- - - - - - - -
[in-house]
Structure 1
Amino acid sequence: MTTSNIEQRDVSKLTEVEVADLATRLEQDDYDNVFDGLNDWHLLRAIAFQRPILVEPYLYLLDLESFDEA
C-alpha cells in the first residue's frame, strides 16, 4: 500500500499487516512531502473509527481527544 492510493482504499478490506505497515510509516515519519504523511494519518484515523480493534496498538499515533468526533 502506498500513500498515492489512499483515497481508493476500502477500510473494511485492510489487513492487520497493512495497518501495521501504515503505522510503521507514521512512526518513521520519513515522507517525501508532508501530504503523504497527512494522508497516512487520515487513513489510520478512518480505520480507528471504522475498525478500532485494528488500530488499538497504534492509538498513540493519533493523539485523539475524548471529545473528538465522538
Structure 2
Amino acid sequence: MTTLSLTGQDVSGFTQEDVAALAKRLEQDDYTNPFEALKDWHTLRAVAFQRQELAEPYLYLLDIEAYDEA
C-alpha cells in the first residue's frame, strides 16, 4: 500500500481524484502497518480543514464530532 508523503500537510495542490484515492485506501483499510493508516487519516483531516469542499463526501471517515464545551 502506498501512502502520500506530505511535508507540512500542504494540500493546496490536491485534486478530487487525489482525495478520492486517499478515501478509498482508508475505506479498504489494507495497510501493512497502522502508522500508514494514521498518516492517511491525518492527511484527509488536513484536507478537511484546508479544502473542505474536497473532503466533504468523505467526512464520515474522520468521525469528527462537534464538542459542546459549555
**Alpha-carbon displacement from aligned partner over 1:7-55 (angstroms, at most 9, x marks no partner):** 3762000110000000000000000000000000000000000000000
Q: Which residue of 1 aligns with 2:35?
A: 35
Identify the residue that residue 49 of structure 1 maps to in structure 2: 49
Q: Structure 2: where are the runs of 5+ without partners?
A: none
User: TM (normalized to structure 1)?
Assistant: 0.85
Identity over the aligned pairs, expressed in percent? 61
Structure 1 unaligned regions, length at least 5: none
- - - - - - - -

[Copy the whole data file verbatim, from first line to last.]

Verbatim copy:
[in-house]
Structure 1
Amino acid sequence: MTTSNIEQRDVSKLTEVEVADLATRLEQDDYDNVFDGLNDWHLLRAIAFQRPILVEPYLYLLDLESFDEA
C-alpha cells in the first residue's frame, strides 16, 4: 500500500499487516512531502473509527481527544 492510493482504499478490506505497515510509516515519519504523511494519518484515523480493534496498538499515533468526533 502506498500513500498515492489512499483515497481508493476500502477500510473494511485492510489487513492487520497493512495497518501495521501504515503505522510503521507514521512512526518513521520519513515522507517525501508532508501530504503523504497527512494522508497516512487520515487513513489510520478512518480505520480507528471504522475498525478500532485494528488500530488499538497504534492509538498513540493519533493523539485523539475524548471529545473528538465522538
Structure 2
Amino acid sequence: MTTLSLTGQDVSGFTQEDVAALAKRLEQDDYTNPFEALKDWHTLRAVAFQRQELAEPYLYLLDIEAYDEA
C-alpha cells in the first residue's frame, strides 16, 4: 500500500481524484502497518480543514464530532 508523503500537510495542490484515492485506501483499510493508516487519516483531516469542499463526501471517515464545551 502506498501512502502520500506530505511535508507540512500542504494540500493546496490536491485534486478530487487525489482525495478520492486517499478515501478509498482508508475505506479498504489494507495497510501493512497502522502508522500508514494514521498518516492517511491525518492527511484527509488536513484536507478537511484546508479544502473542505474536497473532503466533504468523505467526512464520515474522520468521525469528527462537534464538542459542546459549555
**Alpha-carbon displacement from aligned partner over 1:7-55 (angstroms, at most 9, x marks no partner):** 3762000110000000000000000000000000000000000000000
Q: Which residue of 1 aligns with 2:35?
A: 35
Identify the residue that residue 49 of structure 1 maps to in structure 2: 49
Q: Structure 2: where are the runs of 5+ without partners?
A: none
User: TM (normalized to structure 1)?
Assistant: 0.85
Identity over the aligned pairs, expressed in percent? 61
Structure 1 unaligned regions, length at least 5: none